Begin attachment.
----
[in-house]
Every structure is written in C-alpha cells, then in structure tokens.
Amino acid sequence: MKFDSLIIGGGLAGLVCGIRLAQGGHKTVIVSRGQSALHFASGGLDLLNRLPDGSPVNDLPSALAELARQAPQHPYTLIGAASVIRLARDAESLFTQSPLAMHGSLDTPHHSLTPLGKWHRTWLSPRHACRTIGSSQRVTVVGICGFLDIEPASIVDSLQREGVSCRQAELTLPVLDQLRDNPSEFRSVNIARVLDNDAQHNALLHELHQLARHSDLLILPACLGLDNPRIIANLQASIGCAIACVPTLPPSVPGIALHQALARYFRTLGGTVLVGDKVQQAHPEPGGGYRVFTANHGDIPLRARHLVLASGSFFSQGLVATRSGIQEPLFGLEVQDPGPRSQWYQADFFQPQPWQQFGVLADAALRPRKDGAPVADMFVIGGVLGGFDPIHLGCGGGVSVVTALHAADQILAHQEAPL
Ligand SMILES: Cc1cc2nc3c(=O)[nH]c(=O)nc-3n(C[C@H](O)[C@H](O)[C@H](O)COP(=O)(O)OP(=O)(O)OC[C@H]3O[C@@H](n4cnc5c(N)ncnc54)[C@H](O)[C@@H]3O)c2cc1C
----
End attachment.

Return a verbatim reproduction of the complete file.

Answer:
[in-house]
Every structure is written in C-alpha cells, then in structure tokens.
Amino acid sequence: MKFDSLIIGGGLAGLVCGIRLAQGGHKTVIVSRGQSALHFASGGLDLLNRLPDGSPVNDLPSALAELARQAPQHPYTLIGAASVIRLARDAESLFTQSPLAMHGSLDTPHHSLTPLGKWHRTWLSPRHACRTIGSSQRVTVVGICGFLDIEPASIVDSLQREGVSCRQAELTLPVLDQLRDNPSEFRSVNIARVLDNDAQHNALLHELHQLARHSDLLILPACLGLDNPRIIANLQASIGCAIACVPTLPPSVPGIALHQALARYFRTLGGTVLVGDKVQQAHPEPGGGYRVFTANHGDIPLRARHLVLASGSFFSQGLVATRSGIQEPLFGLEVQDPGPRSQWYQADFFQPQPWQQFGVLADAALRPRKDGAPVADMFVIGGVLGGFDPIHLGCGGGVSVVTALHAADQILAHQEAPL
Ligand SMILES: Cc1cc2nc3c(=O)[nH]c(=O)nc-3n(C[C@H](O)[C@H](O)[C@H](O)COP(=O)(O)OP(=O)(O)OC[C@H]3O[C@@H](n4cnc5c(N)ncnc54)[C@H](O)[C@@H]3O)c2cc1C